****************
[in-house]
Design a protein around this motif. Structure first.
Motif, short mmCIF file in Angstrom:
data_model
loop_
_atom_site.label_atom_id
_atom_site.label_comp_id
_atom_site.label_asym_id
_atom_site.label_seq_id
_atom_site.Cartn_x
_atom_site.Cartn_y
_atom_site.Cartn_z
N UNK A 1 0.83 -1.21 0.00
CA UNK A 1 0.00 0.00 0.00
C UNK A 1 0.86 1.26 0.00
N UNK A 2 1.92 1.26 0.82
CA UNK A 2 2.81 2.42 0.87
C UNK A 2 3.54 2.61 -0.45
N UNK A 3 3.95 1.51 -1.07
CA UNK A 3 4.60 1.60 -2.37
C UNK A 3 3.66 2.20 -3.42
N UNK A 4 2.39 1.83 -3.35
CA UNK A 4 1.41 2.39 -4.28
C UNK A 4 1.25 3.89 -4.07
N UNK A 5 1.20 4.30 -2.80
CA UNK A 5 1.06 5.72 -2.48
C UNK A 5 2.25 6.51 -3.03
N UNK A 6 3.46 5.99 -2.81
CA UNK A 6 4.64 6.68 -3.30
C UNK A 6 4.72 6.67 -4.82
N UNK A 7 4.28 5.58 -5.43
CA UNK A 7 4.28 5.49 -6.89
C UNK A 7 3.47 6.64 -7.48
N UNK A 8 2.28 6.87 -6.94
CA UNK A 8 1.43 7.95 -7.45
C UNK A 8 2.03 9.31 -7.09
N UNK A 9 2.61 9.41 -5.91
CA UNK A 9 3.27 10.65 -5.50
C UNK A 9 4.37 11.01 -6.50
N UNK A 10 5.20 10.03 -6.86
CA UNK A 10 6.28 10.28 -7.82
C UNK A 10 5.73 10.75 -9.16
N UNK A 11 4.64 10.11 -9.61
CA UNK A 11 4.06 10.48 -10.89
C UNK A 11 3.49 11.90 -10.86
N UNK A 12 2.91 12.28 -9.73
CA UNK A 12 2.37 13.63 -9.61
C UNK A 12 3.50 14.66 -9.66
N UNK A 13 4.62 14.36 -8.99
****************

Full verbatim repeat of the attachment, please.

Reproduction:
[in-house]
Design a protein around this motif. Structure first.
Motif, short mmCIF file in Angstrom:
data_model
loop_
_atom_site.label_atom_id
_atom_site.label_comp_id
_atom_site.label_asym_id
_atom_site.label_seq_id
_atom_site.Cartn_x
_atom_site.Cartn_y
_atom_site.Cartn_z
N UNK A 1 0.83 -1.21 0.00
CA UNK A 1 0.00 0.00 0.00
C UNK A 1 0.86 1.26 0.00
N UNK A 2 1.92 1.26 0.82
CA UNK A 2 2.81 2.42 0.87
C UNK A 2 3.54 2.61 -0.45
N UNK A 3 3.95 1.51 -1.07
CA UNK A 3 4.60 1.60 -2.37
C UNK A 3 3.66 2.20 -3.42
N UNK A 4 2.39 1.83 -3.35
CA UNK A 4 1.41 2.39 -4.28
C UNK A 4 1.25 3.89 -4.07
N UNK A 5 1.20 4.30 -2.80
CA UNK A 5 1.06 5.72 -2.48
C UNK A 5 2.25 6.51 -3.03
N UNK A 6 3.46 5.99 -2.81
CA UNK A 6 4.64 6.68 -3.30
C UNK A 6 4.72 6.67 -4.82
N UNK A 7 4.28 5.58 -5.43
CA UNK A 7 4.28 5.49 -6.89
C UNK A 7 3.47 6.64 -7.48
N UNK A 8 2.28 6.87 -6.94
CA UNK A 8 1.43 7.95 -7.45
C UNK A 8 2.03 9.31 -7.09
N UNK A 9 2.61 9.41 -5.91
CA UNK A 9 3.27 10.65 -5.50
C UNK A 9 4.37 11.01 -6.50
N UNK A 10 5.20 10.03 -6.86
CA UNK A 10 6.28 10.28 -7.82
C UNK A 10 5.73 10.75 -9.16
N UNK A 11 4.64 10.11 -9.61
CA UNK A 11 4.06 10.48 -10.89
C UNK A 11 3.49 11.90 -10.86
N UNK A 12 2.91 12.28 -9.73
CA UNK A 12 2.37 13.63 -9.61
C UNK A 12 3.50 14.66 -9.66
N UNK A 13 4.62 14.36 -8.99